One of the truly wonderful things about writing fiction is that you are free to do what you want, and that can include playing around with language. If you are writing sci-fi or fantasy, the sky is literally the limit. Some of the most memorable sci-fi stories in recent memory feature a litany of completely made up swear words, many of which have taken on a life of their own. Battlestar Galactica famously gave us “frak” and “felgercarb.” Firefly gave us “gorram,” along with the ingenious use of actual Chinese curses (many of which would make the late George Carlin blush). Red Dwarf immortalized “smeghead,” and one still hears the occasional “shazbot,” made famous by Mork from Ork. And, of course, James Dashner’s Maze Runner series substitutes “clunk” and “shuck” for their less polite alternatives. So if the thought of using profanity makes you nervous as H-E-Double-Hockey-Sticks, take heart. There are ways around those literary landmines. You’re a writer, after all, so get creative, gorram it!
Consider Not Swearing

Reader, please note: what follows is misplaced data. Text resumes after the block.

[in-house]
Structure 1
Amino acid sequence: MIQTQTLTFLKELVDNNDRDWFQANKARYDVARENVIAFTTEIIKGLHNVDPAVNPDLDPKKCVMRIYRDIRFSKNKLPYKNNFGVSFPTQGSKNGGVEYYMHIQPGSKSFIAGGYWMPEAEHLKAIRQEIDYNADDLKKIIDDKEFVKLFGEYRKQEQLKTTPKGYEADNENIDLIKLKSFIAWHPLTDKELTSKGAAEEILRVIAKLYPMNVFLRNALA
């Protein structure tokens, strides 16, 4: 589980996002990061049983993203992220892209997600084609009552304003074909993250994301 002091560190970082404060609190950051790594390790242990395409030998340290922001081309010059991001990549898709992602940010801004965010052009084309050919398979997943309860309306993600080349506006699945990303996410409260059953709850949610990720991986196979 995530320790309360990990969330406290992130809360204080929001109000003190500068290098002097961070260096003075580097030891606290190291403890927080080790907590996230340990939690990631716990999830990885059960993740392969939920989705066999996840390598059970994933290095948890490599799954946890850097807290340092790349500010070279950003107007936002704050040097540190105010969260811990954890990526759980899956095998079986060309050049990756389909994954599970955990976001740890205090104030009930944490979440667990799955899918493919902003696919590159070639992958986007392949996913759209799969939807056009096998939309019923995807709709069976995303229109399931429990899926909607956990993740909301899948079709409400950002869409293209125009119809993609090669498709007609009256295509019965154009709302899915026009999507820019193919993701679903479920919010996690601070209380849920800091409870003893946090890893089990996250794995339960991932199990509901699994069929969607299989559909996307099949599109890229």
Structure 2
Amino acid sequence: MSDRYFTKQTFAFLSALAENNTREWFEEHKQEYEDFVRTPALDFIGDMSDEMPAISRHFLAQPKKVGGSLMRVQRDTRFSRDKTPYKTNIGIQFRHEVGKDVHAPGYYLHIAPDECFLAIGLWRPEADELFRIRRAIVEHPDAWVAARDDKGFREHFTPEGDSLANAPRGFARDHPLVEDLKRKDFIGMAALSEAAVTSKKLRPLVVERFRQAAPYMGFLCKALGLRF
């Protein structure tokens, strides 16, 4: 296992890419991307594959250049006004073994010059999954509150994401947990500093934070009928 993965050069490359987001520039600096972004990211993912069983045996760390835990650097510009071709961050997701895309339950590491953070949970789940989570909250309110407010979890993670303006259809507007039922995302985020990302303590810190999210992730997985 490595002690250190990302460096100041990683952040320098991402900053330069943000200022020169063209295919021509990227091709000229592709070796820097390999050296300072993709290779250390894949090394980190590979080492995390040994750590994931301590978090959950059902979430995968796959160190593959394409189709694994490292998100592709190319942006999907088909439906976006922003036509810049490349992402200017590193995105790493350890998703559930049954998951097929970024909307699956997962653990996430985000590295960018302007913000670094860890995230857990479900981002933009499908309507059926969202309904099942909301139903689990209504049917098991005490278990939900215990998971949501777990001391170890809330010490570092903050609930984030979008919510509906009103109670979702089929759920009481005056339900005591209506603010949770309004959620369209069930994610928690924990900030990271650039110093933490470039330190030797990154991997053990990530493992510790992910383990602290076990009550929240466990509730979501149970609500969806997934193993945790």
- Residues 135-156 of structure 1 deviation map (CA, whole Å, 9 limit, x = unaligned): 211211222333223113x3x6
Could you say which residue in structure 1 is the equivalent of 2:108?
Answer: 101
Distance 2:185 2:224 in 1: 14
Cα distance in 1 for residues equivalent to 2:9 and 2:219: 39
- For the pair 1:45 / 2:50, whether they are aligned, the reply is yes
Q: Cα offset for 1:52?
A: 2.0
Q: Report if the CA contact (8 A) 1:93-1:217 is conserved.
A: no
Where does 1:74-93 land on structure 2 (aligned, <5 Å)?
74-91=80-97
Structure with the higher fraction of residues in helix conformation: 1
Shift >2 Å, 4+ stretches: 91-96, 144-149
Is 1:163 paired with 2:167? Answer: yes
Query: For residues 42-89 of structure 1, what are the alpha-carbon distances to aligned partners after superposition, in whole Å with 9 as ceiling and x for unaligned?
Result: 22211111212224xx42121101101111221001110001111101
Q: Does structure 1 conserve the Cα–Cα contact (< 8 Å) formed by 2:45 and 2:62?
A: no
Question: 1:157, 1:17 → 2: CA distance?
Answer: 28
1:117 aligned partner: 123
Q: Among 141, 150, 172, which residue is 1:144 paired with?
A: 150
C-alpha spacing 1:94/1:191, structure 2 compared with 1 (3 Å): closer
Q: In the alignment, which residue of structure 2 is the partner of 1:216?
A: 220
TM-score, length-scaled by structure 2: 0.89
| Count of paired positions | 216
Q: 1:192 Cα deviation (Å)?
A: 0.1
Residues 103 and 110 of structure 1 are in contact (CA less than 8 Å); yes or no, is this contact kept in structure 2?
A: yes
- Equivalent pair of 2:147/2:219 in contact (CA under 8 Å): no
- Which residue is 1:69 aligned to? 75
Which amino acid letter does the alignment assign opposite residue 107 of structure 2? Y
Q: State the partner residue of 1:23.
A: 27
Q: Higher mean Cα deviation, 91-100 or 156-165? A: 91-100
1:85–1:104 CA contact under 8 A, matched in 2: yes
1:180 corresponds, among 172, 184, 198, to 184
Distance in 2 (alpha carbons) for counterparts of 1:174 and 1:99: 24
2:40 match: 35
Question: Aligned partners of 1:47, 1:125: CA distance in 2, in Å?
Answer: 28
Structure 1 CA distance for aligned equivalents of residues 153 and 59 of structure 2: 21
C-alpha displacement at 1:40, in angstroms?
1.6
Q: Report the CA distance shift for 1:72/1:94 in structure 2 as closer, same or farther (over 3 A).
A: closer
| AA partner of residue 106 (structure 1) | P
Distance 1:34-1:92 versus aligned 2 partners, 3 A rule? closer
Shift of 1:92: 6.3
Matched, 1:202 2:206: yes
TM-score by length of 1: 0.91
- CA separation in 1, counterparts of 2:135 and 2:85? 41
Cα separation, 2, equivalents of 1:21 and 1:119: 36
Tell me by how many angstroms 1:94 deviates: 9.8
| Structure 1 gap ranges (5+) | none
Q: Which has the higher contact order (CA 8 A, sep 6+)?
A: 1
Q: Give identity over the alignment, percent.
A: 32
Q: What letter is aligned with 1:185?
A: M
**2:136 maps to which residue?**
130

On the other hand, there’s a case to be made for not using profanity, even when the situation appears to demand it. The pivotal moment in Back to the Future comes when George McFly opens the car door at the school dance in order to save Lorraine, the girl he likes. George thinks it is a staged moment for him to act heroic, so he throws open the door and offers the famous line: “Hey you! Get your damn hands off her!” (Admit it: you just read that in George McFly’s voice, didn’t you?)
The line comes across as stilted, wooden, and rehearsed, because that’s exactly what it is, and exactly how Marty taught him to say it. Rather than sounding like a hero, George sounds silly. The audience doesn’t buy it, and neither does Biff, who warns George to just turn around and walk away. But then George discovers that Lorraine is in real trouble. She pleads for him to help her. And it’s at that moment when George McFly finds the strength he didn’t even know he had, and instead of slinking away, he stands tall and says, his voice still shaky yet full of resolve: “No, Biff. You leave her alone.”